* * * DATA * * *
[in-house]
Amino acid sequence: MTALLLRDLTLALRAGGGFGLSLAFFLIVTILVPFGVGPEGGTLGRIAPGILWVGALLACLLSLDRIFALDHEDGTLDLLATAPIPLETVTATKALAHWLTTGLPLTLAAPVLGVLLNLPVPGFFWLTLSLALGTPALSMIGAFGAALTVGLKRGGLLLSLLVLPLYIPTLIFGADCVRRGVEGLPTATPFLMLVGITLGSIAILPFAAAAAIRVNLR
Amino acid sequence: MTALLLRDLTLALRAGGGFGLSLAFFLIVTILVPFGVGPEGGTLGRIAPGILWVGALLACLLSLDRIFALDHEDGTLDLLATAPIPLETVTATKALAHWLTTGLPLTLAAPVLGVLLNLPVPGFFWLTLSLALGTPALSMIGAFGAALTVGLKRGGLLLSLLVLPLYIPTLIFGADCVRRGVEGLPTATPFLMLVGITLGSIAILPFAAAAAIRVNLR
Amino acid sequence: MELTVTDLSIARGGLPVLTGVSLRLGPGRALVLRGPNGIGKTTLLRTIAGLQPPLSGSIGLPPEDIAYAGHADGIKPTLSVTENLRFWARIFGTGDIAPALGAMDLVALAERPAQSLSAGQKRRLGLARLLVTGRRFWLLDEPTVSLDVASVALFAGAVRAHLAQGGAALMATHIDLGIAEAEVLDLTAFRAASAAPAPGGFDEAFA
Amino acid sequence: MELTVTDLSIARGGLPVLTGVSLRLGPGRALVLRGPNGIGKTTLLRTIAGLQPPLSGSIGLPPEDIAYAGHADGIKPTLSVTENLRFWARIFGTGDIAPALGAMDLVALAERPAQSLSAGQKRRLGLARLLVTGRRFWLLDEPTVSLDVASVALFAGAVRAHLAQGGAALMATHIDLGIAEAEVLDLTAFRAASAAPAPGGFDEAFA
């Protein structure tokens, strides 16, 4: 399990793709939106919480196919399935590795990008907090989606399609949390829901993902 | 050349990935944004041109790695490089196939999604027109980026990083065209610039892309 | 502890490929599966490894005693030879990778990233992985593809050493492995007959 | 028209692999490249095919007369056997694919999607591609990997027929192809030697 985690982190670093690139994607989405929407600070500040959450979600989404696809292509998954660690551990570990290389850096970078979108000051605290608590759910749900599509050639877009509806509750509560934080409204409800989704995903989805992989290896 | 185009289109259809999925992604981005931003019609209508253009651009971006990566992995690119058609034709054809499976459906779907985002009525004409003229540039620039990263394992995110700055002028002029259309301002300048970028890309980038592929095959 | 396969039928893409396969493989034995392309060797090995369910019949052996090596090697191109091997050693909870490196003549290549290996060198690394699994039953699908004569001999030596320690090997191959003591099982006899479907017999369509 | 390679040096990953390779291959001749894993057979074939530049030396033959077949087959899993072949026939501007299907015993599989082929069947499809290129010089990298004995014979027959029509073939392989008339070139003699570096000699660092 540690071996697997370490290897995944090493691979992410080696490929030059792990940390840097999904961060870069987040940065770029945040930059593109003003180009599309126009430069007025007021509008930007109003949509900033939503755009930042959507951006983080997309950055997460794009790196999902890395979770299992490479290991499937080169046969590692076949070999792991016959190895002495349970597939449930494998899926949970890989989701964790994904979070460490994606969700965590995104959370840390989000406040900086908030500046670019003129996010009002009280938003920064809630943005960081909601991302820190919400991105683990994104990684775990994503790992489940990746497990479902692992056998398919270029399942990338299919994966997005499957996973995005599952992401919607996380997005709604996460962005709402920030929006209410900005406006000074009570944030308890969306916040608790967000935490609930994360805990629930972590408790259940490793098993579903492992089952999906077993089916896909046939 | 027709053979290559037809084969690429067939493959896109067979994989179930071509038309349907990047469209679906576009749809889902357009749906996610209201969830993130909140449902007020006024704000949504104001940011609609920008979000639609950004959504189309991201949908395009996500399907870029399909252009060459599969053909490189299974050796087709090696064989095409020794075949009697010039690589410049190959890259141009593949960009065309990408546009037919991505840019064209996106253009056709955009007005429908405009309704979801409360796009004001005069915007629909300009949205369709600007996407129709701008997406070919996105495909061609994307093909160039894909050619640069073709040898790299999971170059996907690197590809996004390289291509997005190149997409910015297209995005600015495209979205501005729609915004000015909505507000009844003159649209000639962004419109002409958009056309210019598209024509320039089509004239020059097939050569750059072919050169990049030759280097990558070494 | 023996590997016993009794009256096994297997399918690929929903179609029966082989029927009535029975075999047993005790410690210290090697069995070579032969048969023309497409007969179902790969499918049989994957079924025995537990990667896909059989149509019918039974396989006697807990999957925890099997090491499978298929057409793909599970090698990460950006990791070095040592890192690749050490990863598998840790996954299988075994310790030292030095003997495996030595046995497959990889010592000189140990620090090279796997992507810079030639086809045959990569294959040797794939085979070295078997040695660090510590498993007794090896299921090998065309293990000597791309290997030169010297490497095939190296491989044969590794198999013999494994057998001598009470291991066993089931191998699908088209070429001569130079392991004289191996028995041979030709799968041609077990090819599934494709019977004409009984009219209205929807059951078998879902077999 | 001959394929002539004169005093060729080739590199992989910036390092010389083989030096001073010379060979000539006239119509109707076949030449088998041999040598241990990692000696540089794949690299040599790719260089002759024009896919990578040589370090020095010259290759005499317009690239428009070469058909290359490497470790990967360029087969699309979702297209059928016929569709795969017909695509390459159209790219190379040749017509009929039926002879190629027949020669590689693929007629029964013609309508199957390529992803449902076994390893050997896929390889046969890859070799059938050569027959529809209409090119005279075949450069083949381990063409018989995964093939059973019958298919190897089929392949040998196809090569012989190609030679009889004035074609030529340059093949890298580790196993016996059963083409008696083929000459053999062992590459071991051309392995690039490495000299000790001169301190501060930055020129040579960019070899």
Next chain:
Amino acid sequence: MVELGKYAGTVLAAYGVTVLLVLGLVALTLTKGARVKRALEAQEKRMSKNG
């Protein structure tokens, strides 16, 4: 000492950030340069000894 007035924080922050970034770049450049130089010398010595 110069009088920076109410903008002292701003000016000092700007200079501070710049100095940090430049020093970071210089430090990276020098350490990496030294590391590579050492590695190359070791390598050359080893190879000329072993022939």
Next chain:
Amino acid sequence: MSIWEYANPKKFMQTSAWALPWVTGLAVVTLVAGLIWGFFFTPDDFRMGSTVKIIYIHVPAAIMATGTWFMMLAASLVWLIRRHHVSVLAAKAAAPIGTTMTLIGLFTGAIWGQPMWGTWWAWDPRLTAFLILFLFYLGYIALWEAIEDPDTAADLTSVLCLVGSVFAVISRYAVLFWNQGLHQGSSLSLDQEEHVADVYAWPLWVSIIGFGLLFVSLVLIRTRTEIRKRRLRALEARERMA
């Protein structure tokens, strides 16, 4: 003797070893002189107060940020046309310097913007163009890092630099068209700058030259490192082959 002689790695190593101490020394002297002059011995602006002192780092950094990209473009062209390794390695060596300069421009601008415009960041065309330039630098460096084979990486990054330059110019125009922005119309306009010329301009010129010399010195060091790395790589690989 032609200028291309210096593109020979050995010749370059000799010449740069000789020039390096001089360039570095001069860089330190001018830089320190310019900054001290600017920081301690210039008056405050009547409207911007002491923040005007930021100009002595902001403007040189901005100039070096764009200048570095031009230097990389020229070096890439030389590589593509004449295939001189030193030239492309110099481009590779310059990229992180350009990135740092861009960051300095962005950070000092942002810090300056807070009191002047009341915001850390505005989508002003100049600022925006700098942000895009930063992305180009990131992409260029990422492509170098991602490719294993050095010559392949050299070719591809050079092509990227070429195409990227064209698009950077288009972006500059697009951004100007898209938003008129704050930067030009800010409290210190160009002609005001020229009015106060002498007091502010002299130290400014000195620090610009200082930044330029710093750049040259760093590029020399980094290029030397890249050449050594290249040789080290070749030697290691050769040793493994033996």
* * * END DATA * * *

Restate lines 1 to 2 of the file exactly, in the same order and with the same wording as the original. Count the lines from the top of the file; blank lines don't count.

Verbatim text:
[in-house]
Amino acid sequence: MTALLLRDLTLALRAGGGFGLSLAFFLIVTILVPFGVGPEGGTLGRIAPGILWVGALLACLLSLDRIFALDHEDGTLDLLATAPIPLETVTATKALAHWLTTGLPLTLAAPVLGVLLNLPVPGFFWLTLSLALGTPALSMIGAFGAALTVGLKRGGLLLSLLVLPLYIPTLIFGADCVRRGVEGLPTATPFLMLVGITLGSIAILPFAAAAAIRVNLR